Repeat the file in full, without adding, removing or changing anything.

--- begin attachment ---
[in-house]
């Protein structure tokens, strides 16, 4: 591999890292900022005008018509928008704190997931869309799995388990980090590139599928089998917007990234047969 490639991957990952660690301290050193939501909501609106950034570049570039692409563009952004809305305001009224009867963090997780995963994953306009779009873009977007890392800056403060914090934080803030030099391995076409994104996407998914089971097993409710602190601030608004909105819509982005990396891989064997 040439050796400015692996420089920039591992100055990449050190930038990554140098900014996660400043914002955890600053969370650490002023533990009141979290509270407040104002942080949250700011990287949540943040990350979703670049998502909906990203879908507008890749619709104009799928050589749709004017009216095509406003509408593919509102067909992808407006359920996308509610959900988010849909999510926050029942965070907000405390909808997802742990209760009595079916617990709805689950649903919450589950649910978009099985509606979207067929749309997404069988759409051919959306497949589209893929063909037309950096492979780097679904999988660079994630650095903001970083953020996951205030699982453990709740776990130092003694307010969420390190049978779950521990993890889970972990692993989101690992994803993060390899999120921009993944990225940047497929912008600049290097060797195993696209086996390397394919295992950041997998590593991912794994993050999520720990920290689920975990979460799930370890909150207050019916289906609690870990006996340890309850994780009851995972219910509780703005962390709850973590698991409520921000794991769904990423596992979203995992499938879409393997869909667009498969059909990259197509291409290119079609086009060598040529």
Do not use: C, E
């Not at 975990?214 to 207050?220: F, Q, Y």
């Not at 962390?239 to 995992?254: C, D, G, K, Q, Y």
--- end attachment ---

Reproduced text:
[in-house]
């Protein structure tokens, strides 16, 4: 591999890292900022005008018509928008704190997931869309799995388990980090590139599928089998917007990234047969 490639991957990952660690301290050193939501909501609106950034570049570039692409563009952004809305305001009224009867963090997780995963994953306009779009873009977007890392800056403060914090934080803030030099391995076409994104996407998914089971097993409710602190601030608004909105819509982005990396891989064997 040439050796400015692996420089920039591992100055990449050190930038990554140098900014996660400043914002955890600053969370650490002023533990009141979290509270407040104002942080949250700011990287949540943040990350979703670049998502909906990203879908507008890749619709104009799928050589749709004017009216095509406003509408593919509102067909992808407006359920996308509610959900988010849909999510926050029942965070907000405390909808997802742990209760009595079916617990709805689950649903919450589950649910978009099985509606979207067929749309997404069988759409051919959306497949589209893929063909037309950096492979780097679904999988660079994630650095903001970083953020996951205030699982453990709740776990130092003694307010969420390190049978779950521990993890889970972990692993989101690992994803993060390899999120921009993944990225940047497929912008600049290097060797195993696209086996390397394919295992950041997998590593991912794994993050999520720990920290689920975990979460799930370890909150207050019916289906609690870990006996340890309850994780009851995972219910509780703005962390709850973590698991409520921000794991769904990423596992979203995992499938879409393997869909667009498969059909990259197509291409290119079609086009060598040529």
Do not use: C, E
């Not at 975990?214 to 207050?220: F, Q, Y």
């Not at 962390?239 to 995992?254: C, D, G, K, Q, Y």